Cagayan Gov. Manuel Mamba said by telephone that northern coastal and island villages in the typhoon's projected path will begin evacuating residents on Thursday ahead of the expected onslaught. He said classes will be suspended and offices, except those involved in rescue and relief work, advised to close on Friday.
In 2016, a super typhoon lashed the southern section of Cagayan, destroying tens of thousands of houses. Mangkhut is blowing from the Pacific and forecast to directly slam the province's northeastern coastal and island municipalities, Mamba said.
"I'm stressing that this one is very different, this is more complicated because of possible storm surges," Mamba said, referring to giant waves whipped inland by a typhoon.
The typhoon is arriving at the start of the rice and corn harvest season in Cagayan, a major agricultural producer, and farmers were scrambling to save what they could of their crops, Mamba said. The Philippines has been trying to cope with rice shortages.
Office of Civil Defense chief Ricardo Jalad said other northern provinces will also start evacuating residents from low-lying areas on Thursday.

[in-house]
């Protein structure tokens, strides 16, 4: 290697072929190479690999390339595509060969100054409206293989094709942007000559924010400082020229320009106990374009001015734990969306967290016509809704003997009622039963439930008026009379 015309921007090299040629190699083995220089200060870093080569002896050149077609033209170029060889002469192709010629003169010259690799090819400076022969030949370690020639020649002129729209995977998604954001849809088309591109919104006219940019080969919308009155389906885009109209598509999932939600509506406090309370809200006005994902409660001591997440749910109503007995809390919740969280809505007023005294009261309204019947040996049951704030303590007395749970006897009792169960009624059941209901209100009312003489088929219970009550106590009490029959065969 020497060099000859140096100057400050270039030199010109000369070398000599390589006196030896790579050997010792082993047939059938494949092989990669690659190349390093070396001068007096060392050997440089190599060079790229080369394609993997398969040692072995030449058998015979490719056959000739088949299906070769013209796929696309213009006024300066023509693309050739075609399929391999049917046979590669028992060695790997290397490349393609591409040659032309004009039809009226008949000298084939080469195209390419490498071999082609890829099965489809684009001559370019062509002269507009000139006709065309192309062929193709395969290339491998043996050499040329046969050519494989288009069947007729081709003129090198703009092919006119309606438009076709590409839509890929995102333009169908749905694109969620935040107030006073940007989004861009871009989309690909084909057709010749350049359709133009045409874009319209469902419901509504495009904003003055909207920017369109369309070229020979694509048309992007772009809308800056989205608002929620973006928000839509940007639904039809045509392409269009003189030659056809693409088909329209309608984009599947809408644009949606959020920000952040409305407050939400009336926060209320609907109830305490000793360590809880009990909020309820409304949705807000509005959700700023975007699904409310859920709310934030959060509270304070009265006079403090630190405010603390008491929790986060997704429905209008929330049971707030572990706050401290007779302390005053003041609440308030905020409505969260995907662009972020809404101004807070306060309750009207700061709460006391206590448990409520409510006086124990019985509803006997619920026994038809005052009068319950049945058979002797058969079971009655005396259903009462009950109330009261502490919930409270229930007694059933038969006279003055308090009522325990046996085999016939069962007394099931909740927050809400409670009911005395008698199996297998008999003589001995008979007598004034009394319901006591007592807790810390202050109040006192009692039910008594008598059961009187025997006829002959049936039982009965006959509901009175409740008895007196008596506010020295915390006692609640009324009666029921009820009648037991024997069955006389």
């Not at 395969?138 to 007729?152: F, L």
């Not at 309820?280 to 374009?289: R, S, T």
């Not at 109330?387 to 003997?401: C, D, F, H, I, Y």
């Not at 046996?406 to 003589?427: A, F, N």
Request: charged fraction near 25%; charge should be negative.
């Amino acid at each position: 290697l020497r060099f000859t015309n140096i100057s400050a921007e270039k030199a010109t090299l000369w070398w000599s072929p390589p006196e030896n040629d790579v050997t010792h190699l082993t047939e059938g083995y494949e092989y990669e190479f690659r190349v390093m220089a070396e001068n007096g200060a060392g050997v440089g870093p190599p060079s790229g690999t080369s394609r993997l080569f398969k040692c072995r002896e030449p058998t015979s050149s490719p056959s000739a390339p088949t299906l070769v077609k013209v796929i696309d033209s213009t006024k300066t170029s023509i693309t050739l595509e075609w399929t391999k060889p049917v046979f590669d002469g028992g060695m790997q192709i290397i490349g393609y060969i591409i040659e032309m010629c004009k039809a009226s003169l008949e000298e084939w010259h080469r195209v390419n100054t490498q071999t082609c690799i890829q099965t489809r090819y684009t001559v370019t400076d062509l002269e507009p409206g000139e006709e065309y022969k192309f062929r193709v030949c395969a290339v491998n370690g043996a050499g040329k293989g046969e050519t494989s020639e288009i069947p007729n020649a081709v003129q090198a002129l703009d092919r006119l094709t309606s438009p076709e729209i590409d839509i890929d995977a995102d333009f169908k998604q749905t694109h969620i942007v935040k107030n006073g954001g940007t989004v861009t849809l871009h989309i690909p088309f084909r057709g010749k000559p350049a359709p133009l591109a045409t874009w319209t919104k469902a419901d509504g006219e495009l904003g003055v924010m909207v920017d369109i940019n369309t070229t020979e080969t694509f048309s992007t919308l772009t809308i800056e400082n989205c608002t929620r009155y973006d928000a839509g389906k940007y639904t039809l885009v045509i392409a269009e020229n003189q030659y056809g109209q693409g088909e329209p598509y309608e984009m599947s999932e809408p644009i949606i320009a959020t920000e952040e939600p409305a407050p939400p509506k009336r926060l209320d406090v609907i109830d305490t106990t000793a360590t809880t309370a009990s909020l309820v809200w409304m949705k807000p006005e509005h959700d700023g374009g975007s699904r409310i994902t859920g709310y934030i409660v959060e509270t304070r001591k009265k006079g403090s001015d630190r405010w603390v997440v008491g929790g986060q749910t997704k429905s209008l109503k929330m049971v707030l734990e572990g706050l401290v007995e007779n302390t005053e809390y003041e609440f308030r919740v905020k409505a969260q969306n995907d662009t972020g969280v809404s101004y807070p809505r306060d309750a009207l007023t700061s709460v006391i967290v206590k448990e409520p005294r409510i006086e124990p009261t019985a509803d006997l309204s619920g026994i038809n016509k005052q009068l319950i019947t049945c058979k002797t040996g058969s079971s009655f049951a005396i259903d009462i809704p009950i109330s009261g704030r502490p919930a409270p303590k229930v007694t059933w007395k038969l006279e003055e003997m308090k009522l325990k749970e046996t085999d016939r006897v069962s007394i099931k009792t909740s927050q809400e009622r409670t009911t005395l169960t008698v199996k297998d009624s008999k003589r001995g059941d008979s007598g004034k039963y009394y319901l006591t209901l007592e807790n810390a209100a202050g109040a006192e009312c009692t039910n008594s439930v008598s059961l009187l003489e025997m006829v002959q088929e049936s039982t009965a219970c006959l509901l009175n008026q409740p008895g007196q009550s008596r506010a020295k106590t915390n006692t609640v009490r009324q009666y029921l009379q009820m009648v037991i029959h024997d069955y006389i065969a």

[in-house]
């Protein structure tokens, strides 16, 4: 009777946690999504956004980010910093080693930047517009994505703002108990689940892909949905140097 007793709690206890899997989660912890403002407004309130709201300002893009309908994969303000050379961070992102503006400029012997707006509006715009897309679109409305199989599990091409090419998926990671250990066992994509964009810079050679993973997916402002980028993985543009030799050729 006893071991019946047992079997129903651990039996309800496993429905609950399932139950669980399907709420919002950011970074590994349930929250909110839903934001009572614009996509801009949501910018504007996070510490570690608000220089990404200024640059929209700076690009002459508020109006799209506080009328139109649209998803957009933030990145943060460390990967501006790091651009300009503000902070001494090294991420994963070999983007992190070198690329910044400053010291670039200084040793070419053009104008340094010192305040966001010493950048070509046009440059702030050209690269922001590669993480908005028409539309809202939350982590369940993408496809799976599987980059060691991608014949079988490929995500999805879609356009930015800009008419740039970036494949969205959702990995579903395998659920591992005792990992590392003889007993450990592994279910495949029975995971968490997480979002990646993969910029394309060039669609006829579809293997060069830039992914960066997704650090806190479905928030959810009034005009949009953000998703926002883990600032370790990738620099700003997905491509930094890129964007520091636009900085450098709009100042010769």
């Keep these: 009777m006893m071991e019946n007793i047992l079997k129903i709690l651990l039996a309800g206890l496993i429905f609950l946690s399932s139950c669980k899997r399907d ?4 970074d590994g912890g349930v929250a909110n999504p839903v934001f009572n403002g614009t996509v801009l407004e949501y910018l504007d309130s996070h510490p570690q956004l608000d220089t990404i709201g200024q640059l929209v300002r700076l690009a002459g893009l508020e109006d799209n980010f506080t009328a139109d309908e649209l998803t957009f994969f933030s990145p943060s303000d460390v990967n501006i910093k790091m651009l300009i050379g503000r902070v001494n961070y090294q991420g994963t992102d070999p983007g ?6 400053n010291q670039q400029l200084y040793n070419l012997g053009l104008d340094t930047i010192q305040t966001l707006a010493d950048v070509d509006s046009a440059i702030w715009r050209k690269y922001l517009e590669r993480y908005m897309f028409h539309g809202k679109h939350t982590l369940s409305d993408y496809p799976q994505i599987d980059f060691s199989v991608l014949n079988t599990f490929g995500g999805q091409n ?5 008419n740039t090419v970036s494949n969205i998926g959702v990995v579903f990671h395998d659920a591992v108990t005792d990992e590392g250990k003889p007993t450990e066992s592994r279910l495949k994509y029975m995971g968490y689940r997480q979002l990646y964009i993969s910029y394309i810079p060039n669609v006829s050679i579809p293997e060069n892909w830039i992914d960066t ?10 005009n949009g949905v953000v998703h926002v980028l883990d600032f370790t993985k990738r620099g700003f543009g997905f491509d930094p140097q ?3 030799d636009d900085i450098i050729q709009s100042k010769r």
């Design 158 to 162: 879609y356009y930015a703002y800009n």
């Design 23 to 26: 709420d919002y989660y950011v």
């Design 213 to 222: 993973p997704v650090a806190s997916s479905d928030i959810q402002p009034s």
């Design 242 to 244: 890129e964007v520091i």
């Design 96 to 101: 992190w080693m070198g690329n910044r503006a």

"The worst cases are those areas which will be directly hit by strong winds that can topple houses, storm surges and heavy rains that can cause flooding, and there may be landslides in higher areas," Jalad told reporters.
A missile test aboard a navy ship to be attended by President Rodrigo Duterte off northern Bataan province was canceled due to the approaching typhoon.
After leaving the Philippines, the fast-moving storm is expected to blow toward Hong Kong and southern China on Sunday if it maintains its course, forecasters said.
Mangkhut is the 15th storm this year to batter the Philippines, which is hit by about 20 a year and is considered one of the world's most disaster-prone countries. Typhoon Haiyan left more than 7,300 people dead or missing and displaced over 5 million in the central Philippines in 2013.